Random Samples

Massive goes to Edinburgh

I took the train up to Scotland on Friday to give a talk at the Edinburgh International Book Festival. It was special to speak about the book in the city. Not only is it a staggeringly beautiful place, it is home to Peter Higgs, the theoretical physicist who features so prominently in the book.

On the Higgs row and Nobel reform

“The goddess of learning is fabled to have sprung full-grown from the brain of Zeus, but it is seldom that a scientific conception is born in its final form, or owns a single parent.” George Paget Thomson, June 1938.

Speaking in his Nobel lecture, G. P. Thomson (son of J.J.) went on to lay out the history of physics behind the electron, but his comment could easily refer to the Higgs mechanism, which has a muddled parentage at best.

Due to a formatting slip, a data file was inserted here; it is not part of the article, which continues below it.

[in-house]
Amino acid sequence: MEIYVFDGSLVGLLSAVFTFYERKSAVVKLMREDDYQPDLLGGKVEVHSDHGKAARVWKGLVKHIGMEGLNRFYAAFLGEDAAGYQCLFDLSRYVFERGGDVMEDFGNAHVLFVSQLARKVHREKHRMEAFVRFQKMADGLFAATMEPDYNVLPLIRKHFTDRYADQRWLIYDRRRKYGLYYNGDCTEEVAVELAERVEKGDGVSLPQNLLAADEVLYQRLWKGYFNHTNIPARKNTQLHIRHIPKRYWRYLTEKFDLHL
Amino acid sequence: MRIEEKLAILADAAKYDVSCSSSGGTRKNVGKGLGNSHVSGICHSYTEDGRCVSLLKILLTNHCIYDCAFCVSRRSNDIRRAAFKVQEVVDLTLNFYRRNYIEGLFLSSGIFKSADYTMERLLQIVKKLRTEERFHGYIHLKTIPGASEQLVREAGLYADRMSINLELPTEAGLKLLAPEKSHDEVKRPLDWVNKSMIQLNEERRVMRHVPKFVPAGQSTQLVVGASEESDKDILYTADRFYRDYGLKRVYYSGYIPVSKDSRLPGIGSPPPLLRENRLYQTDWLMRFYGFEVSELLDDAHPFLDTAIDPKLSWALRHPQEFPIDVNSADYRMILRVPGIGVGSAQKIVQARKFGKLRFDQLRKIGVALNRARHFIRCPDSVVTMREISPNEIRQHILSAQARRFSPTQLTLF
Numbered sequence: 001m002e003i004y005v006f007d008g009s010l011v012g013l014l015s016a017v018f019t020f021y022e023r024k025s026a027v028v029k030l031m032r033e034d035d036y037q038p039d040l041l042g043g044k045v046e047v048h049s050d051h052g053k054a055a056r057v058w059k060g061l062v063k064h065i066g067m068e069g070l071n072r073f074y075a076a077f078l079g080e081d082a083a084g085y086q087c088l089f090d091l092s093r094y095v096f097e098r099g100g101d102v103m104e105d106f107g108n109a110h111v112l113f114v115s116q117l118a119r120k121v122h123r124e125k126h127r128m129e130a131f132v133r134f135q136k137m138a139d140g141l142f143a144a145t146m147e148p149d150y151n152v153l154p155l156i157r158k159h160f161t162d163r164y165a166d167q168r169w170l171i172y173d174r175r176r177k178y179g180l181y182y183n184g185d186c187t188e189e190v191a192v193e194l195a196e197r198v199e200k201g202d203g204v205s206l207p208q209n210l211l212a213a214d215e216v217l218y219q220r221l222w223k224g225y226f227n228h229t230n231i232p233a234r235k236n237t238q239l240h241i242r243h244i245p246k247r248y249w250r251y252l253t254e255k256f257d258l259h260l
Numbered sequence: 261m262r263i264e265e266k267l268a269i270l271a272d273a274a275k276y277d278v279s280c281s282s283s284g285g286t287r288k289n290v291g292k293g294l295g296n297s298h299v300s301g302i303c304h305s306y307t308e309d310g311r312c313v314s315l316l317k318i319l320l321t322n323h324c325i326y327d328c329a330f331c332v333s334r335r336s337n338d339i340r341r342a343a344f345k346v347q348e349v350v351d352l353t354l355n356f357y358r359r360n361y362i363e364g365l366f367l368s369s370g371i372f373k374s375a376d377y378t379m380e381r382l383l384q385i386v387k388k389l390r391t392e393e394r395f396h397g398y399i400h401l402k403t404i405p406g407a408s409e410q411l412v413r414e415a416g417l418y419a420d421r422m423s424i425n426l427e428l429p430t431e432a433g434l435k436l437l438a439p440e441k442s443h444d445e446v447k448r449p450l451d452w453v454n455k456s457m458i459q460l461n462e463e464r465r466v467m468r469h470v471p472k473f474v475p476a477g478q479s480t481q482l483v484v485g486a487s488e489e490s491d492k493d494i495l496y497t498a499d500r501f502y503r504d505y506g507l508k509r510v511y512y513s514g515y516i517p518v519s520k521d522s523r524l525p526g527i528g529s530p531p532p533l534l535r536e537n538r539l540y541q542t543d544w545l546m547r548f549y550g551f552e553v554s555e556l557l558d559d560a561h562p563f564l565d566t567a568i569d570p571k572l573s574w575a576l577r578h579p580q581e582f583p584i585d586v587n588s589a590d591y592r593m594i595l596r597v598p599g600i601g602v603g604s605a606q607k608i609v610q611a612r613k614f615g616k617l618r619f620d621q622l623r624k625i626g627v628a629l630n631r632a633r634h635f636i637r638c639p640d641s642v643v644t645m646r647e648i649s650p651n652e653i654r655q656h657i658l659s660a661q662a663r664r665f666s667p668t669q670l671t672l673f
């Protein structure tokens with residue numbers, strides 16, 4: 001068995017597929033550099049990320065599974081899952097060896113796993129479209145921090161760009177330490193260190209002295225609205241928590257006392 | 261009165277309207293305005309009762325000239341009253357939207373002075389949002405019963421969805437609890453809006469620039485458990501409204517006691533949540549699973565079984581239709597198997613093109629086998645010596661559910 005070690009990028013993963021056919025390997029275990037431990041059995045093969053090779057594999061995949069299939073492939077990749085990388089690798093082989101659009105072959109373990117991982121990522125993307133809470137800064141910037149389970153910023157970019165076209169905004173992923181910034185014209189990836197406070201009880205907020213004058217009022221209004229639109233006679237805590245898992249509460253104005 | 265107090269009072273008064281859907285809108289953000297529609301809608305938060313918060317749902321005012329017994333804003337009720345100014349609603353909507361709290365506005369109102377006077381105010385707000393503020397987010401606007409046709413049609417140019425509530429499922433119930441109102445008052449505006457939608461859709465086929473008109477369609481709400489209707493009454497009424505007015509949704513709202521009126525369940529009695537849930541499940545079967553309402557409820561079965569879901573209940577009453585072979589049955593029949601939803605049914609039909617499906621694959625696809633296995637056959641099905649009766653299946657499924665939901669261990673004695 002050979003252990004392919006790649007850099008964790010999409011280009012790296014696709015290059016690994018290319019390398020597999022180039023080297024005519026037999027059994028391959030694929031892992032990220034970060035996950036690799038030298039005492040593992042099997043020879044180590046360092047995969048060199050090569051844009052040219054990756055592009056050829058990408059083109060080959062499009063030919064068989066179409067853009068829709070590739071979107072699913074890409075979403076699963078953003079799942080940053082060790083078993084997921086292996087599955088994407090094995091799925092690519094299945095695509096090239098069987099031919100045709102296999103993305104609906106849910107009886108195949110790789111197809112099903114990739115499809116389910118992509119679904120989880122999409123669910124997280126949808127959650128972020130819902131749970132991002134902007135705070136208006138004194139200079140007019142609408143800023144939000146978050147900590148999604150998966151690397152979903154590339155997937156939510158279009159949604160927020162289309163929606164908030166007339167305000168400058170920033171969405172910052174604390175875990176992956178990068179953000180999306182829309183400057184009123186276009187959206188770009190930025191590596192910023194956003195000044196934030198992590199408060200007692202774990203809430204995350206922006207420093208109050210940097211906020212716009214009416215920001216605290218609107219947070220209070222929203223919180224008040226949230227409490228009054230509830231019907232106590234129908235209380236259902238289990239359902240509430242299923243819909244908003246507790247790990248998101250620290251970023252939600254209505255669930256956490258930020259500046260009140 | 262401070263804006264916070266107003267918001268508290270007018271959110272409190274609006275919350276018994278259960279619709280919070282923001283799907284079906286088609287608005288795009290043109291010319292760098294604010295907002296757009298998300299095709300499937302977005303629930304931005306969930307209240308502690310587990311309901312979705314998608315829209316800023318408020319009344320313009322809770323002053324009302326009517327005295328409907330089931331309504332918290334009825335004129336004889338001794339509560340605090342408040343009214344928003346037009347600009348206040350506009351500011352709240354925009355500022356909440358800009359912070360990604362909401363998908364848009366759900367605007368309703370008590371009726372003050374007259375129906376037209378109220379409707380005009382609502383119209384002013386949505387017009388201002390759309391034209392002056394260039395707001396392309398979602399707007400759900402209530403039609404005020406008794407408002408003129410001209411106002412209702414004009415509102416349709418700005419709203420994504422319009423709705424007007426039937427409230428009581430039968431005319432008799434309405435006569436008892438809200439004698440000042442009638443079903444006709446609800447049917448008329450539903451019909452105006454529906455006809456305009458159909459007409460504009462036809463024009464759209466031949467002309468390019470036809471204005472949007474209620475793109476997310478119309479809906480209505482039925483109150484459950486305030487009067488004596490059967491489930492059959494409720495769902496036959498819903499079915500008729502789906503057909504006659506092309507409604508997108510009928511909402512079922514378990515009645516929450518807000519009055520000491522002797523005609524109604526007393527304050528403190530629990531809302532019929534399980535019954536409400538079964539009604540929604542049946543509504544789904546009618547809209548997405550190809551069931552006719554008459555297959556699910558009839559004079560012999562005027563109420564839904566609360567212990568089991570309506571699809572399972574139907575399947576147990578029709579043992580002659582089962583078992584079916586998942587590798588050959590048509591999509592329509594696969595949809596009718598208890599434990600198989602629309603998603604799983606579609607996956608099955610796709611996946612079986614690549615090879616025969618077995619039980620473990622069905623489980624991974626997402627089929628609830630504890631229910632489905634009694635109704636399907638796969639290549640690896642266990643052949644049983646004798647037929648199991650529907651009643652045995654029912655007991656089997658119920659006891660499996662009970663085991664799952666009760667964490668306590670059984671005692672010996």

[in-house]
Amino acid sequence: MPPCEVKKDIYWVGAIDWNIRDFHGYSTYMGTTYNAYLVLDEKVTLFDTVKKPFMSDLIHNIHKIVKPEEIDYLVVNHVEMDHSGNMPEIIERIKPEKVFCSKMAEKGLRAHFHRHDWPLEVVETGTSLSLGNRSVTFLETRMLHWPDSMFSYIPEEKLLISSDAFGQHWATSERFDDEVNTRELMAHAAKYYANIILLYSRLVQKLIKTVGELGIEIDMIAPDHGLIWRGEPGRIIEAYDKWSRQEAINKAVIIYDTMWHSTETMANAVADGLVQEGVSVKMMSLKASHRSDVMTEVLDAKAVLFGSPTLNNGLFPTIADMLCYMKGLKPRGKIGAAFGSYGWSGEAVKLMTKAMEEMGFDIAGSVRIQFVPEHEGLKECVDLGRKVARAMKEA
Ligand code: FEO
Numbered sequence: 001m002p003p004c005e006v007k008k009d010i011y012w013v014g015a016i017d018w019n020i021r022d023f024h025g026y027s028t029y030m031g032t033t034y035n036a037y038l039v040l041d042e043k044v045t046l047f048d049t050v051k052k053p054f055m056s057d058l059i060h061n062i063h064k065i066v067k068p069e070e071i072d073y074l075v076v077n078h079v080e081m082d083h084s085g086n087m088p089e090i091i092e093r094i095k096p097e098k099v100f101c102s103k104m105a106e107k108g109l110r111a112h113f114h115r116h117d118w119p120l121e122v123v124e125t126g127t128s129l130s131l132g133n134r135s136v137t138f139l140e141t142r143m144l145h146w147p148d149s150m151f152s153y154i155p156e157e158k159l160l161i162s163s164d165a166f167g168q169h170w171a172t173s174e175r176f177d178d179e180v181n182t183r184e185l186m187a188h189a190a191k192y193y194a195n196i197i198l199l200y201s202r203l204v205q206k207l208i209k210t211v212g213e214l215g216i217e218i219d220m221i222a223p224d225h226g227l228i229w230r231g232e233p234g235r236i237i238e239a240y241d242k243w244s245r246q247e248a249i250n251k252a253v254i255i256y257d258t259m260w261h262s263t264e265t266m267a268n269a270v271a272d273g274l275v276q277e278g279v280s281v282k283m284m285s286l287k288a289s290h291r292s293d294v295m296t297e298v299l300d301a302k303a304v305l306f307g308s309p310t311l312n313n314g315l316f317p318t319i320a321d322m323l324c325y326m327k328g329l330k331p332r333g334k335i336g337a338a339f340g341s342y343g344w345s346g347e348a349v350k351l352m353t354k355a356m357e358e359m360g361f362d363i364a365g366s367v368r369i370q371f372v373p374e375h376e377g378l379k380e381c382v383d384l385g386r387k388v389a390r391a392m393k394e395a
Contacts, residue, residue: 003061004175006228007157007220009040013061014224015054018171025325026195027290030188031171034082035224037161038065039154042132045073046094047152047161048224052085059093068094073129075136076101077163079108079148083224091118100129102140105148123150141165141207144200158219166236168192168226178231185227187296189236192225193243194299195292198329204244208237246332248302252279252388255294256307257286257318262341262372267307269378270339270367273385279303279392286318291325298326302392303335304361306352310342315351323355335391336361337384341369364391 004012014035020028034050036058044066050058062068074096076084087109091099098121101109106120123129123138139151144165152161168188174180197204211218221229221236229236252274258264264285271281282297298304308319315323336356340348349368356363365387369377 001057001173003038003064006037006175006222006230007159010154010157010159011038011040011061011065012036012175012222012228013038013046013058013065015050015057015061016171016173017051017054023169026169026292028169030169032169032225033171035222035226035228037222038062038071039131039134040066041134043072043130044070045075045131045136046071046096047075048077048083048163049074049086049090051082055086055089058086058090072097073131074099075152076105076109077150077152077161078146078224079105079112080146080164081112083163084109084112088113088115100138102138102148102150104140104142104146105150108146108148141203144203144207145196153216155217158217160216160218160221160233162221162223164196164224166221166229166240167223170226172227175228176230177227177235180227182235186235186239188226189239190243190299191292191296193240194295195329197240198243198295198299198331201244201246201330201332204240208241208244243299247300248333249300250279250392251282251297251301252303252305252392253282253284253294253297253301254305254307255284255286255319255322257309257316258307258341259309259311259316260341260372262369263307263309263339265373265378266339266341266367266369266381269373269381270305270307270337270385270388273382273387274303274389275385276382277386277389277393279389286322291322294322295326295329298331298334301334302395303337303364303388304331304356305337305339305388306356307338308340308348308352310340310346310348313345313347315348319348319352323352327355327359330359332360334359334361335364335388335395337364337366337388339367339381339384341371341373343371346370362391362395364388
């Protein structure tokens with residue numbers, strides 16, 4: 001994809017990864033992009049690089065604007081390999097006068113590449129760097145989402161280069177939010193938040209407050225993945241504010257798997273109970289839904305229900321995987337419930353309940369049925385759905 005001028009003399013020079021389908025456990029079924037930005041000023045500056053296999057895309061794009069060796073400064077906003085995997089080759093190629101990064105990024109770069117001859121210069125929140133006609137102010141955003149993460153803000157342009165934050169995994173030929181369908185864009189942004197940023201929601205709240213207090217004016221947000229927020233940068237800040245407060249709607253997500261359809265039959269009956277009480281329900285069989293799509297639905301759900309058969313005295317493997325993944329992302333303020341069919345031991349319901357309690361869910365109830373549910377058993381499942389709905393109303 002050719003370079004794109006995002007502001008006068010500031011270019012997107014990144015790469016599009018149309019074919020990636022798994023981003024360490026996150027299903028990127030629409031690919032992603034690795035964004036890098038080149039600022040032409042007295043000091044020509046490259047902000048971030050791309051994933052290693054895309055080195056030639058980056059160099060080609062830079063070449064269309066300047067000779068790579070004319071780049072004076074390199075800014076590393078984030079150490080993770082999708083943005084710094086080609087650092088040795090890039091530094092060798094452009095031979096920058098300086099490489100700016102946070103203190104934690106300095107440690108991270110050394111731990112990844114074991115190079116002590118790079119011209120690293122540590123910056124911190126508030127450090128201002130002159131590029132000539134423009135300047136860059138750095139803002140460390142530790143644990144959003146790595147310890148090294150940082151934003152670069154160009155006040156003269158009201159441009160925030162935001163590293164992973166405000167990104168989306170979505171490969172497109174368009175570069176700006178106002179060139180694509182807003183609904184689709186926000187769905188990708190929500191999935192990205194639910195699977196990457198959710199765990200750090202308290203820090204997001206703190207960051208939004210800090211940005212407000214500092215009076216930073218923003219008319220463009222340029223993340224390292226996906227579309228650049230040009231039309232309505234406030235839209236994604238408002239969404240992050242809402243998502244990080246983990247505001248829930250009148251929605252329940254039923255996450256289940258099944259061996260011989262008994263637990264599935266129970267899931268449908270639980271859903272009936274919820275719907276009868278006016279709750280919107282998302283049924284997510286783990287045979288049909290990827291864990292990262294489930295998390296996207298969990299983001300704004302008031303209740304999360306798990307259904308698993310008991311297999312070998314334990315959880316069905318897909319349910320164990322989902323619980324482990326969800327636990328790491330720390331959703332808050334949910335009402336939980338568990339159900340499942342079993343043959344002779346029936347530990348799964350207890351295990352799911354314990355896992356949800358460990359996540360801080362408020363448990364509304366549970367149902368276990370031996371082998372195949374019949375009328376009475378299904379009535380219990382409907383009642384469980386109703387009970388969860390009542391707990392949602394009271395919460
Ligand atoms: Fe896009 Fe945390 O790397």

What's next for the Higgs hunters?

And so it goes on. The International Conference on High Energy Physics (ICHEP) in Paris came and went, but  the Higgs boson is still at large. As expected, rumours that the world's most elusive particle had shown up at the Tevatron collider at Fermilab near Chicago failed to materialise into anything more concrete. Nonetheless, there was good news.

Waiting for the Godot particle

To get to Fermilab from downtown Chicago, you find Lake Michigan and drive in the opposite direction. After about an hour on the freeway, the city shrinks to nothing in the rear-view mirror and you pick up an access road that turns into the 7,000 acre campus where the laboratory is based.

Welcome to the blog

Hello! I'll be using this blog to write about issues relating to my book and scientific developments surrounding the Higgs particle. There are plenty of points I plan to cover, not least the history of references to God in physics - and why some are deemed acceptable and others much less so. It would be great if you were to join in with your own thoughts, and of course I welcome any views on the book.